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Wondering if there are any documents, theories, or methodologies for dealing with mutable memory mathematically. Basically a formal algebraic model of how computers manipulate memory. Along the lines of, say I want to model an add operation at a low level, and it writes its output to a register. Then we can model the computer state as a memory, and:

$$add : a \times b \times m \to m'$$

the function $add$ transforms the memory into a different state, holding the final value. Then the second time we call add, the memory is different than it was before. So it's always changing:

$$m \neq m' \neq m'' \neq \dots \neq m^{(n)}$$

Wondering if there are any formalisms out there that deal with this. I would specifically like to see it applied to abstract algebra or category theory. Whereas in abstract algebra typically, everything is immutable and you never worry about "state". I would like to explore the state / mutable memory from a math framework.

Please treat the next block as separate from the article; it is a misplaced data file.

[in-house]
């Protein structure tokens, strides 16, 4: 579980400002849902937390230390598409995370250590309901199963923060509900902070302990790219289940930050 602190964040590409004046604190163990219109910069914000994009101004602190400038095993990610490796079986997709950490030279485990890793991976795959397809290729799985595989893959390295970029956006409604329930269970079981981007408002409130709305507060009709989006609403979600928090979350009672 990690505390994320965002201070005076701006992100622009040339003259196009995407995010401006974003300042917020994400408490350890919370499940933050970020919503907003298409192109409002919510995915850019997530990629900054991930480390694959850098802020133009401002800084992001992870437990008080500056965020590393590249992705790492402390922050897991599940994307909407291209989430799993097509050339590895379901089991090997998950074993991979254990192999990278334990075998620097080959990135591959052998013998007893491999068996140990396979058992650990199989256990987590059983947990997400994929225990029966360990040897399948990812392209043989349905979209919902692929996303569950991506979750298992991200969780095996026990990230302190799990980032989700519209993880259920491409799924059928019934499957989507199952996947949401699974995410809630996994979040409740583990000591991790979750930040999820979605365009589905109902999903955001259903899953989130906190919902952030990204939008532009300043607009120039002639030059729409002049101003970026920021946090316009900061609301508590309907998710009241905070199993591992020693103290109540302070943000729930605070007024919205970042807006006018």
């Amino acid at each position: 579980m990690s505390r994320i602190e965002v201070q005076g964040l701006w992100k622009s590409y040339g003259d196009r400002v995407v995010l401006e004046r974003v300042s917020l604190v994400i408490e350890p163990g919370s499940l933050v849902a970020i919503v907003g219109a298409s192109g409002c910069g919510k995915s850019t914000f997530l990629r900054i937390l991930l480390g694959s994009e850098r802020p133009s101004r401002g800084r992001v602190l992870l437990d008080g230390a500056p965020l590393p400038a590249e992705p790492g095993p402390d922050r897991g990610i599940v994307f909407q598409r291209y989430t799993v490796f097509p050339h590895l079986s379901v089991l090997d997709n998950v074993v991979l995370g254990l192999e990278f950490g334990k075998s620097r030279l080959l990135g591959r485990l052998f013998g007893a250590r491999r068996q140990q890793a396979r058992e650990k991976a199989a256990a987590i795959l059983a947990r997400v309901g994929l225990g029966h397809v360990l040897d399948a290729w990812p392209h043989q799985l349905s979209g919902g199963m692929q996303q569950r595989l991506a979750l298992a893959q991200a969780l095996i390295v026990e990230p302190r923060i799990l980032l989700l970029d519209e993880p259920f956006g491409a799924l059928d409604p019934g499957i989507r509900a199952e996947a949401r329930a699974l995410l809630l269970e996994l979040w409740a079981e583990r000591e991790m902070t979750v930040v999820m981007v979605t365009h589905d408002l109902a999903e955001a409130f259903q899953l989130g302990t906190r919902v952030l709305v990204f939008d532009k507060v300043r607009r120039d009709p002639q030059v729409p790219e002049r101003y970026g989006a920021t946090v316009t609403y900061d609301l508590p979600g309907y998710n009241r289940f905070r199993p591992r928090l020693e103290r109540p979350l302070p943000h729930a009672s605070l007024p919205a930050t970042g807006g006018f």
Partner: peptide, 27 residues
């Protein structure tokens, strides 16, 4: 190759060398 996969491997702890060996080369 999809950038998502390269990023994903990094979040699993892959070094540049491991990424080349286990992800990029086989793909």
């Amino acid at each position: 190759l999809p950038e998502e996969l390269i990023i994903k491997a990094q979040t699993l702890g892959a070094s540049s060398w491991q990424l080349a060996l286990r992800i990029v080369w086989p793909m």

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  • $\begingroup$ Any undergrad textbook on semantics should get you started. (Eike Best's 1996 Book comes to mind.) How complicated all that becomes depends on what language features you want to model. Category (or domain) theory enters the picture when higher order functions are to be modelled. $\endgroup$ – Kai May 24 '18 at 8:35
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See separation logic and theory of arrays in SMT solvers. Both of these provide a principled, mathematically rigorous foundation for reasoning about mutable memory.

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  • $\begingroup$ Also, Category Theory has a lot of tools (i.e. monads) for dealing with effects (like memory writing) in pure languages. $\endgroup$ – jmite May 9 '18 at 19:04

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